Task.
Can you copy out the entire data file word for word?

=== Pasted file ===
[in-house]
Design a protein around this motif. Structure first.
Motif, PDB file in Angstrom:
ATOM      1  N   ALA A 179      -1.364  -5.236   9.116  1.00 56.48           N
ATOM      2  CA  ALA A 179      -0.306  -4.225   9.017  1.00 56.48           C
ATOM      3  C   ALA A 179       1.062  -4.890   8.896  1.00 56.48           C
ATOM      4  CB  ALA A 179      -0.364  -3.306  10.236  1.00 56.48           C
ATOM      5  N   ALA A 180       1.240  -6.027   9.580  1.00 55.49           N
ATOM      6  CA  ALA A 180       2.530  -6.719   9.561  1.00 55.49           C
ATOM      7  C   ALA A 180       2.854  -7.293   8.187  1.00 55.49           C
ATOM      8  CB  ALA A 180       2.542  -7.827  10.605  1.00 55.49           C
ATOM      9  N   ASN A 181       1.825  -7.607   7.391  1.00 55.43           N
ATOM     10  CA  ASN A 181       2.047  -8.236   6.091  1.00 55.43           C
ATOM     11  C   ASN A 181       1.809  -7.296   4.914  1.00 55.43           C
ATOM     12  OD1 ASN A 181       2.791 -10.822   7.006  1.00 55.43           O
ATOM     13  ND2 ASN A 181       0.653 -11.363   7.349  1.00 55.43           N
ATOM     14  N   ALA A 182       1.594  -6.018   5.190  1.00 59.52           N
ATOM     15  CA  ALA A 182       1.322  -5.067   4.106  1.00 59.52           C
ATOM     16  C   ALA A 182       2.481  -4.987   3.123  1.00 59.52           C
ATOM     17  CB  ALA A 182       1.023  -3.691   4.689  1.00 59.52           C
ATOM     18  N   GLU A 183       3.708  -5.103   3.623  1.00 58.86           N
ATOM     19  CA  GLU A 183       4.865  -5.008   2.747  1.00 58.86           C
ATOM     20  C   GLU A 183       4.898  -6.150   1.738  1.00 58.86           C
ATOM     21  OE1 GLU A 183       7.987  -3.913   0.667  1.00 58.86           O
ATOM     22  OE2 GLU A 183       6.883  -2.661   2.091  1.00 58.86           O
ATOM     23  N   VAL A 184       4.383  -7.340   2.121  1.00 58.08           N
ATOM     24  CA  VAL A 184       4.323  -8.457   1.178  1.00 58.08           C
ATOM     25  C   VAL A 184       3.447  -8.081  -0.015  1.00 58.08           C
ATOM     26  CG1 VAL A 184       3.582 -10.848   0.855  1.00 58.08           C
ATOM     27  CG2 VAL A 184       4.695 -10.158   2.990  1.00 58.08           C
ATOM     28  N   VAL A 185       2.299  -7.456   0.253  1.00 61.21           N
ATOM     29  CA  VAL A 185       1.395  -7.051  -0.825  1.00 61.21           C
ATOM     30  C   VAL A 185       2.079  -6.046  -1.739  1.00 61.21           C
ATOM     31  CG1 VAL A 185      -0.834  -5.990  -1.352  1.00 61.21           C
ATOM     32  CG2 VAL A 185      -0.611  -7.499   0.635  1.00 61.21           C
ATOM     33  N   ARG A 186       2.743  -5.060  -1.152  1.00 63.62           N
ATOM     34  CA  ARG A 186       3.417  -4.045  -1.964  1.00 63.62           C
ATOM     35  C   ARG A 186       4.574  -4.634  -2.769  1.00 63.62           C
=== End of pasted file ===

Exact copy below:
[in-house]
Design a protein around this motif. Structure first.
Motif, PDB file in Angstrom:
ATOM      1  N   ALA A 179      -1.364  -5.236   9.116  1.00 56.48           N
ATOM      2  CA  ALA A 179      -0.306  -4.225   9.017  1.00 56.48           C
ATOM      3  C   ALA A 179       1.062  -4.890   8.896  1.00 56.48           C
ATOM      4  CB  ALA A 179      -0.364  -3.306  10.236  1.00 56.48           C
ATOM      5  N   ALA A 180       1.240  -6.027   9.580  1.00 55.49           N
ATOM      6  CA  ALA A 180       2.530  -6.719   9.561  1.00 55.49           C
ATOM      7  C   ALA A 180       2.854  -7.293   8.187  1.00 55.49           C
ATOM      8  CB  ALA A 180       2.542  -7.827  10.605  1.00 55.49           C
ATOM      9  N   ASN A 181       1.825  -7.607   7.391  1.00 55.43           N
ATOM     10  CA  ASN A 181       2.047  -8.236   6.091  1.00 55.43           C
ATOM     11  C   ASN A 181       1.809  -7.296   4.914  1.00 55.43           C
ATOM     12  OD1 ASN A 181       2.791 -10.822   7.006  1.00 55.43           O
ATOM     13  ND2 ASN A 181       0.653 -11.363   7.349  1.00 55.43           N
ATOM     14  N   ALA A 182       1.594  -6.018   5.190  1.00 59.52           N
ATOM     15  CA  ALA A 182       1.322  -5.067   4.106  1.00 59.52           C
ATOM     16  C   ALA A 182       2.481  -4.987   3.123  1.00 59.52           C
ATOM     17  CB  ALA A 182       1.023  -3.691   4.689  1.00 59.52           C
ATOM     18  N   GLU A 183       3.708  -5.103   3.623  1.00 58.86           N
ATOM     19  CA  GLU A 183       4.865  -5.008   2.747  1.00 58.86           C
ATOM     20  C   GLU A 183       4.898  -6.150   1.738  1.00 58.86           C
ATOM     21  OE1 GLU A 183       7.987  -3.913   0.667  1.00 58.86           O
ATOM     22  OE2 GLU A 183       6.883  -2.661   2.091  1.00 58.86           O
ATOM     23  N   VAL A 184       4.383  -7.340   2.121  1.00 58.08           N
ATOM     24  CA  VAL A 184       4.323  -8.457   1.178  1.00 58.08           C
ATOM     25  C   VAL A 184       3.447  -8.081  -0.015  1.00 58.08           C
ATOM     26  CG1 VAL A 184       3.582 -10.848   0.855  1.00 58.08           C
ATOM     27  CG2 VAL A 184       4.695 -10.158   2.990  1.00 58.08           C
ATOM     28  N   VAL A 185       2.299  -7.456   0.253  1.00 61.21           N
ATOM     29  CA  VAL A 185       1.395  -7.051  -0.825  1.00 61.21           C
ATOM     30  C   VAL A 185       2.079  -6.046  -1.739  1.00 61.21           C
ATOM     31  CG1 VAL A 185      -0.834  -5.990  -1.352  1.00 61.21           C
ATOM     32  CG2 VAL A 185      -0.611  -7.499   0.635  1.00 61.21           C
ATOM     33  N   ARG A 186       2.743  -5.060  -1.152  1.00 63.62           N
ATOM     34  CA  ARG A 186       3.417  -4.045  -1.964  1.00 63.62           C
ATOM     35  C   ARG A 186       4.574  -4.634  -2.769  1.00 63.62           C